My thoughts hit a dead end there. There's too little to go on right now. It'd be hasty to come to a conclusion right this second. When I go back to the apartment, before anything else, I'll visit the room next door. And I'll ask her to her face. Who in the world are you? I doubt she'll answer honestly, but it should give me at least a clue. I might grasp a lead that lets me guess at her strategy.
And if it comes to light that she really is some kind of scammer...
I don't think I'll be satisfied unless I can make her pay for it a little.
After work, I visited the supermarket near the train station and bought a bunch of cup ramen. I wanted to get back to the apartment ASAP, so I didn't even glance at any other food. Looking at the bag full of junk food, I had a tinge of worry that if I kept up these eating habits, my body would fall apart eventually. But thinking in terms of "what good would healthy living actually do for a person like me?", it all ceased to matter.
There was another reason for my unhealthy diet. Once I passed 18 or so, I stopped finding anything tasty. It's not like my taste buds were numbed. I think it's most accurate to say that the taste information and the reward system were split apart. Now, two years later, I can no longer remember what sort of feeling "delicious" was. If it was food that was salty and heated, the rest didn't matter.
I haven't had a doctor check me, so I don't know what the cause is. It could be psychosomatic, it could be a lack of nutrition. Or maybe there's a blood clot or a tumor somewhere in my brain. For the time being, it wasn't a major inconvenience, so I was ignoring it.
I was never especially picky with food to begin with. My mother had no interest in food, and as far as I knew, never cooked a single meal in the kitchen. With some exceptions like cooking practice and outdoors school, I might as well have never eaten something I made myself. Since I was a kid, I always got meals in the form of premade bentos or fast food.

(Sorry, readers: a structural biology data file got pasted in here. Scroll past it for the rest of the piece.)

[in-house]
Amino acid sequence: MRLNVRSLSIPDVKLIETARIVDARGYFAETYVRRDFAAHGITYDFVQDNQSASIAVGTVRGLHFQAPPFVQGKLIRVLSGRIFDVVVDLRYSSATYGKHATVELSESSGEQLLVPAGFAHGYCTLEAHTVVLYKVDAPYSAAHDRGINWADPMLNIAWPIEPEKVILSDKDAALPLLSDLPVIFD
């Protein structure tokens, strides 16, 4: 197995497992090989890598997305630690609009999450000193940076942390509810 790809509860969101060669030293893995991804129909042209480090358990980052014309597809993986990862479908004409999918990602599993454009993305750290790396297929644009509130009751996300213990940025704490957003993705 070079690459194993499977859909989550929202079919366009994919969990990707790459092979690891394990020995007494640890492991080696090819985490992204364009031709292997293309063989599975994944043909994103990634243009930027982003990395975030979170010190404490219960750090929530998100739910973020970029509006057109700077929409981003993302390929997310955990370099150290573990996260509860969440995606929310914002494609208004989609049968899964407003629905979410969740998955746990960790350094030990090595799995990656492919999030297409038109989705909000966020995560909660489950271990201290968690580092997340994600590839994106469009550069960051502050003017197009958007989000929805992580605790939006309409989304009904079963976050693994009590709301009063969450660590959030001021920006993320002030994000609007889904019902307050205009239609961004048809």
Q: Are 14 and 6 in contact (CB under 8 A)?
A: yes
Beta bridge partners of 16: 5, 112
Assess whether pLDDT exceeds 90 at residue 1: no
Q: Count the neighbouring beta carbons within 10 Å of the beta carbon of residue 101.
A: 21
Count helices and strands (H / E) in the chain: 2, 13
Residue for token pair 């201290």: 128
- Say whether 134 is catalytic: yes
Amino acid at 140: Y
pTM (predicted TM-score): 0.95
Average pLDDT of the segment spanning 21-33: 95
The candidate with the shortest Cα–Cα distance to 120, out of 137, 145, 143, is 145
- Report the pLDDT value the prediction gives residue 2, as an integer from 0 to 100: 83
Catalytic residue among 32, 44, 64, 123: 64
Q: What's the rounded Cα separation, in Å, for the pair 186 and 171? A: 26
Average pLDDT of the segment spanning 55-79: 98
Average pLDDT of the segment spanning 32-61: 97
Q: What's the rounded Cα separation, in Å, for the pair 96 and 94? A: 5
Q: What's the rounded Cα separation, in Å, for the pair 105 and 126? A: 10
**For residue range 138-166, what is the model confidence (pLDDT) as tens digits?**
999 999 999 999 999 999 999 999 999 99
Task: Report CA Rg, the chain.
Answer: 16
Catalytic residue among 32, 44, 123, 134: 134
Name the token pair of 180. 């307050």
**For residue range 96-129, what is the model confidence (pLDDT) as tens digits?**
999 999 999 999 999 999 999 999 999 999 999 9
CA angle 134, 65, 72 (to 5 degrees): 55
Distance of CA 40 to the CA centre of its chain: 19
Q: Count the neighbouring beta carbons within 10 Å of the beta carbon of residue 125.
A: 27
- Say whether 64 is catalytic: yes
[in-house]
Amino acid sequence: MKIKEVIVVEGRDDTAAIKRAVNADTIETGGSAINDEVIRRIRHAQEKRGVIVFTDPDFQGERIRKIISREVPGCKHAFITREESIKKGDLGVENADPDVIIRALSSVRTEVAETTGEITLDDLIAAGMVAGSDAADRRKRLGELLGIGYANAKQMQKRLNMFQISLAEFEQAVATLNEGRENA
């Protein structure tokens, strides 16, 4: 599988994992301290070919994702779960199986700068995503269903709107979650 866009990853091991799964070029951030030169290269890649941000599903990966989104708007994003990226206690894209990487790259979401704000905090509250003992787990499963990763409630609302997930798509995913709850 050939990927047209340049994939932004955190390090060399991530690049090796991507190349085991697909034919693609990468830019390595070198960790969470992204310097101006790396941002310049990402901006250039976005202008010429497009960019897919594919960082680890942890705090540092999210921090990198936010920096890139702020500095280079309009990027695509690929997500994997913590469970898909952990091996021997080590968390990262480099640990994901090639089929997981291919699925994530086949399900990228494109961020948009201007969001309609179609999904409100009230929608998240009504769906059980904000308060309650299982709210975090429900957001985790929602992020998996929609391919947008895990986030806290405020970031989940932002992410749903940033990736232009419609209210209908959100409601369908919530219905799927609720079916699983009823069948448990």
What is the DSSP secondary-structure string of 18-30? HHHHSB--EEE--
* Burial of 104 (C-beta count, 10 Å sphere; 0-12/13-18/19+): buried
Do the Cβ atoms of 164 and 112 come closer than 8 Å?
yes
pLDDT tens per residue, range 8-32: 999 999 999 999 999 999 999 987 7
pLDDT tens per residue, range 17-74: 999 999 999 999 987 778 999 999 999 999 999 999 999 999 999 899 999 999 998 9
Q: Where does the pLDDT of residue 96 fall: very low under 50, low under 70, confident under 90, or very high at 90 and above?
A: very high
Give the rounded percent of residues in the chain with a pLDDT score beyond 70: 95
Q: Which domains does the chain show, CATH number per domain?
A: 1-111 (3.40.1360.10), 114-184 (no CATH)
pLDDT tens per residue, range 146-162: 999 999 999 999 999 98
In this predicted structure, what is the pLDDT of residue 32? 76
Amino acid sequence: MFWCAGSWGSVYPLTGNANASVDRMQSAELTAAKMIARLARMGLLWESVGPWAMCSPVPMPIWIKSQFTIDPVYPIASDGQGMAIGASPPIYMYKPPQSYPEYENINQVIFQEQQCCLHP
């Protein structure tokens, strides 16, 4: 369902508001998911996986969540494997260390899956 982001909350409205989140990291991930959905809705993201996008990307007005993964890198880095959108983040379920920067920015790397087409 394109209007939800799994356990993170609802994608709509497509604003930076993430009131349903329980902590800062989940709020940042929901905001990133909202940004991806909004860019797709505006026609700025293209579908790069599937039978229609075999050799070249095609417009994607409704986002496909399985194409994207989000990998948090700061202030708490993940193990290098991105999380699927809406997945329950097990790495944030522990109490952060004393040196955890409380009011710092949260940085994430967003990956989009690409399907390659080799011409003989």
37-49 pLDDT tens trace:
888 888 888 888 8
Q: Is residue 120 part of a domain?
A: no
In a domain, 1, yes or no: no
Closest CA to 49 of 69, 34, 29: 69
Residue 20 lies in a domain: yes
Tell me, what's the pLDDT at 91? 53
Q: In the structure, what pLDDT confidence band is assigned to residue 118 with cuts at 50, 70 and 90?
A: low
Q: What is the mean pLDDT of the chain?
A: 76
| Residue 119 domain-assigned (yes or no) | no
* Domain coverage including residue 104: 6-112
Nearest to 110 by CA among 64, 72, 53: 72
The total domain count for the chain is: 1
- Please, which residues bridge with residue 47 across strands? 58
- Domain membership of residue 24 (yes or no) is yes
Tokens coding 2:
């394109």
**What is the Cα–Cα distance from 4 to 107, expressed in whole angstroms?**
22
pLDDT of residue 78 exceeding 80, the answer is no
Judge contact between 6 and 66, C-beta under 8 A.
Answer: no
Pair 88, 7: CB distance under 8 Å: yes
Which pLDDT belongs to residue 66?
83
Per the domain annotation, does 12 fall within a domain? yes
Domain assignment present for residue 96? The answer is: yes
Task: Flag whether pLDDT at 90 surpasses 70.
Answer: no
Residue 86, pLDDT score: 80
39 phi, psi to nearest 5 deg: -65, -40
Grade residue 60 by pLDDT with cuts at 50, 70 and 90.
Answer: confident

Possibly in response to that past of mine, my Mimories contained a number of episodes where I was fed homemade cuisine my childhood friend made. Mimories where Touka observed that all the things I ate were bad for me, worried that "you should really be eating better," and invited me to her house to treat me to her cooking.
I suddenly realized a certain coincidence. Come to think of it, the note left in the fridge had used the exact same phrase: "You should really be eating better." Letter for letter.
Sure enough, that woman knows the contents of my Mimories. I braced myself once more, remembering that I had to be cautious. She knew exactly what kind of strategy would effectively deceive me. She has all the resources she needs to captivate me.
However - I repeated it to myself again and again - the woman named Touka Natsunagi doesn't exist.
I can't let myself be fooled.
I arrived at the apartment.
Standing in front of the door to room 202, I pushed the doorbell.
After ten seconds, there was still no response.
I pushed it again to be sure, but the result was the same.
If she was a scammer, she should've been anticipating my visit.
Since that implies she wouldn't be away, why else would she not answer?